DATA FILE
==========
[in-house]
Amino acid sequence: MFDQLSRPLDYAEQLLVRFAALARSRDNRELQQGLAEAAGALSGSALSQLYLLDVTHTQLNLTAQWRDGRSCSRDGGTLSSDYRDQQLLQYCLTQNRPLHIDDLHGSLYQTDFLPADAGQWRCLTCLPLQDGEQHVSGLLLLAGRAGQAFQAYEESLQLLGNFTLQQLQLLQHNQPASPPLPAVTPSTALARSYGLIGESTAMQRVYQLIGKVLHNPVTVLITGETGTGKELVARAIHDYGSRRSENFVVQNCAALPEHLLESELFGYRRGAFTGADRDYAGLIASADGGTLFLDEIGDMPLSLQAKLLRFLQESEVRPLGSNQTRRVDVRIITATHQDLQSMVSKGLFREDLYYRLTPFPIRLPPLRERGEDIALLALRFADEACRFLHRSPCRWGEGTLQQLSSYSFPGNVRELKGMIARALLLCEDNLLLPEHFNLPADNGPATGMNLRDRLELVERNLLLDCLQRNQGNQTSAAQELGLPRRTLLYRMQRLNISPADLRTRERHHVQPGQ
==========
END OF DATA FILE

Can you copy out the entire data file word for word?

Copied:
[in-house]
Amino acid sequence: MFDQLSRPLDYAEQLLVRFAALARSRDNRELQQGLAEAAGALSGSALSQLYLLDVTHTQLNLTAQWRDGRSCSRDGGTLSSDYRDQQLLQYCLTQNRPLHIDDLHGSLYQTDFLPADAGQWRCLTCLPLQDGEQHVSGLLLLAGRAGQAFQAYEESLQLLGNFTLQQLQLLQHNQPASPPLPAVTPSTALARSYGLIGESTAMQRVYQLIGKVLHNPVTVLITGETGTGKELVARAIHDYGSRRSENFVVQNCAALPEHLLESELFGYRRGAFTGADRDYAGLIASADGGTLFLDEIGDMPLSLQAKLLRFLQESEVRPLGSNQTRRVDVRIITATHQDLQSMVSKGLFREDLYYRLTPFPIRLPPLRERGEDIALLALRFADEACRFLHRSPCRWGEGTLQQLSSYSFPGNVRELKGMIARALLLCEDNLLLPEHFNLPADNGPATGMNLRDRLELVERNLLLDCLQRNQGNQTSAAQELGLPRRTLLYRMQRLNISPADLRTRERHHVQPGQ